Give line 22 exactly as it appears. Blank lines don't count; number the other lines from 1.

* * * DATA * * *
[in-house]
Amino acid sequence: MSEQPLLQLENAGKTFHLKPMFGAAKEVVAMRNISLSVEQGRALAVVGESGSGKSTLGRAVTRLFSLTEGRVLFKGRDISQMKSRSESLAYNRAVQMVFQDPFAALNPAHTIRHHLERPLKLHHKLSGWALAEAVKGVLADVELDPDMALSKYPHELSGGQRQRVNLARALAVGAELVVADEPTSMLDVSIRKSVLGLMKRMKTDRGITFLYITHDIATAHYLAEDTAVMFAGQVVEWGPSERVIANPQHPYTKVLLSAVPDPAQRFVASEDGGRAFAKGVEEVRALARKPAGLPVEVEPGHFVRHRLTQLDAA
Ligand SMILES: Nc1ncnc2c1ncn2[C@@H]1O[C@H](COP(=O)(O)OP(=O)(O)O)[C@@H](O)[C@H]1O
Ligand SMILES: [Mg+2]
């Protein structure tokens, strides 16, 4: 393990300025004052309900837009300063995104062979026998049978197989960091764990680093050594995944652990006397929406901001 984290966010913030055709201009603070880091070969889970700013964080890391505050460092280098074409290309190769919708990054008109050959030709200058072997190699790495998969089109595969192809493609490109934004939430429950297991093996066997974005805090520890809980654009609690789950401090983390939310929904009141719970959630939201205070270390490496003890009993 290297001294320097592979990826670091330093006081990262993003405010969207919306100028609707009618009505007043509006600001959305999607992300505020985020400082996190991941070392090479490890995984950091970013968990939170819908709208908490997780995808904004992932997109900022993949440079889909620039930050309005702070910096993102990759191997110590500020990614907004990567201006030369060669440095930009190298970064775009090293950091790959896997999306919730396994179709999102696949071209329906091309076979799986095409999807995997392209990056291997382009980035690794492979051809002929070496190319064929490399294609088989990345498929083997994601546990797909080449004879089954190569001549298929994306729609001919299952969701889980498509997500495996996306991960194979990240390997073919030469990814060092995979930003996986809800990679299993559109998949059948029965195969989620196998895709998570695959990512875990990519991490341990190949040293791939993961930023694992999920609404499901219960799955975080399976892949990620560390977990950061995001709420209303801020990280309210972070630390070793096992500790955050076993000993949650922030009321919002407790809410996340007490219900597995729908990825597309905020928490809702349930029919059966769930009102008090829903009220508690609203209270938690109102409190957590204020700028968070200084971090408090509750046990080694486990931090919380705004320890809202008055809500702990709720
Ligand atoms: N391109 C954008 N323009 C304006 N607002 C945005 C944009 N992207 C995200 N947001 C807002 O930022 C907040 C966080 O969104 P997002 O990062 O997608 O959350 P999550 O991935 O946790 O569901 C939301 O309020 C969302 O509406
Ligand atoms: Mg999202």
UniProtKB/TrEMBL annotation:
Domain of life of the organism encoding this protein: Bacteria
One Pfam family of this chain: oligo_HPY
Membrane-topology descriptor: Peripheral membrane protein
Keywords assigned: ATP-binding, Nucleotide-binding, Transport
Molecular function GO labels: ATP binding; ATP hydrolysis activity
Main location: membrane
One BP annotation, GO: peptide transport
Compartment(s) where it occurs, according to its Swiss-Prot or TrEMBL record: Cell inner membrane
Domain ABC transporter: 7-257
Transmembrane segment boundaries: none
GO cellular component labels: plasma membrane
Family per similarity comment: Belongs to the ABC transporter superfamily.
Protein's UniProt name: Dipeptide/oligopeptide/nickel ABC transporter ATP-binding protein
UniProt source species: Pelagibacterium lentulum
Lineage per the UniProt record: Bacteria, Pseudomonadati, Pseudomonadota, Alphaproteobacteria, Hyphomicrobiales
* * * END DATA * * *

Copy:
UniProt source species: Pelagibacterium lentulum